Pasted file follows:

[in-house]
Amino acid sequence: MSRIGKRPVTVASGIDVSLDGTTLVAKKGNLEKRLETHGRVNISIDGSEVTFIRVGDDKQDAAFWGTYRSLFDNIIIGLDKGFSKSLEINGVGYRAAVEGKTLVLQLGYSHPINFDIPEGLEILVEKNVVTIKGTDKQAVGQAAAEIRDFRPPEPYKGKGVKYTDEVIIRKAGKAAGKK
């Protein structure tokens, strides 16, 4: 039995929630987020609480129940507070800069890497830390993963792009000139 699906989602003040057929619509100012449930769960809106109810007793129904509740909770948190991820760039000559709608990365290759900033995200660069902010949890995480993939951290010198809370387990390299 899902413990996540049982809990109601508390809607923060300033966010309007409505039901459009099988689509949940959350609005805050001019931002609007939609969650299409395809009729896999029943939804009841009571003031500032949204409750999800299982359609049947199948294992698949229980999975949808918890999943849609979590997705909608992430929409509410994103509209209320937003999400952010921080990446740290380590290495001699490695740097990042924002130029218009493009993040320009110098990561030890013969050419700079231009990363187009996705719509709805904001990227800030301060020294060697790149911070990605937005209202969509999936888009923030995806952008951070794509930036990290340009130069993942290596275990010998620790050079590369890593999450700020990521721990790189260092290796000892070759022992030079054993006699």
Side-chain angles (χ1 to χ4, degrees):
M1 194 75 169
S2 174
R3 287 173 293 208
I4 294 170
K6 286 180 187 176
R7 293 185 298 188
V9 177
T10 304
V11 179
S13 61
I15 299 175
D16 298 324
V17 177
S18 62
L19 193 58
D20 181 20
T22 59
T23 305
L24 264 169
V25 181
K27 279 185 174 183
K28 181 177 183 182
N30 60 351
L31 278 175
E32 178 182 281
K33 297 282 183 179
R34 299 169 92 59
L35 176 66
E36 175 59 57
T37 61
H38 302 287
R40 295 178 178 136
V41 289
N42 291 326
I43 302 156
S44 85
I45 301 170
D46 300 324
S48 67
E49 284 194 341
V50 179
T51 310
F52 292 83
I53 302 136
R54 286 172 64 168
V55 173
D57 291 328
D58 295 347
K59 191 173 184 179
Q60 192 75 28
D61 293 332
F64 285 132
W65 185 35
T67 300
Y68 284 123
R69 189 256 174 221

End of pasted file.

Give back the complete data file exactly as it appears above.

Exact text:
[in-house]
Amino acid sequence: MSRIGKRPVTVASGIDVSLDGTTLVAKKGNLEKRLETHGRVNISIDGSEVTFIRVGDDKQDAAFWGTYRSLFDNIIIGLDKGFSKSLEINGVGYRAAVEGKTLVLQLGYSHPINFDIPEGLEILVEKNVVTIKGTDKQAVGQAAAEIRDFRPPEPYKGKGVKYTDEVIIRKAGKAAGKK
């Protein structure tokens, strides 16, 4: 039995929630987020609480129940507070800069890497830390993963792009000139 699906989602003040057929619509100012449930769960809106109810007793129904509740909770948190991820760039000559709608990365290759900033995200660069902010949890995480993939951290010198809370387990390299 899902413990996540049982809990109601508390809607923060300033966010309007409505039901459009099988689509949940959350609005805050001019931002609007939609969650299409395809009729896999029943939804009841009571003031500032949204409750999800299982359609049947199948294992698949229980999975949808918890999943849609979590997705909608992430929409509410994103509209209320937003999400952010921080990446740290380590290495001699490695740097990042924002130029218009493009993040320009110098990561030890013969050419700079231009990363187009996705719509709805904001990227800030301060020294060697790149911070990605937005209202969509999936888009923030995806952008951070794509930036990290340009130069993942290596275990010998620790050079590369890593999450700020990521721990790189260092290796000892070759022992030079054993006699």
Side-chain angles (χ1 to χ4, degrees):
M1 194 75 169
S2 174
R3 287 173 293 208
I4 294 170
K6 286 180 187 176
R7 293 185 298 188
V9 177
T10 304
V11 179
S13 61
I15 299 175
D16 298 324
V17 177
S18 62
L19 193 58
D20 181 20
T22 59
T23 305
L24 264 169
V25 181
K27 279 185 174 183
K28 181 177 183 182
N30 60 351
L31 278 175
E32 178 182 281
K33 297 282 183 179
R34 299 169 92 59
L35 176 66
E36 175 59 57
T37 61
H38 302 287
R40 295 178 178 136
V41 289
N42 291 326
I43 302 156
S44 85
I45 301 170
D46 300 324
S48 67
E49 284 194 341
V50 179
T51 310
F52 292 83
I53 302 136
R54 286 172 64 168
V55 173
D57 291 328
D58 295 347
K59 191 173 184 179
Q60 192 75 28
D61 293 332
F64 285 132
W65 185 35
T67 300
Y68 284 123
R69 189 256 174 221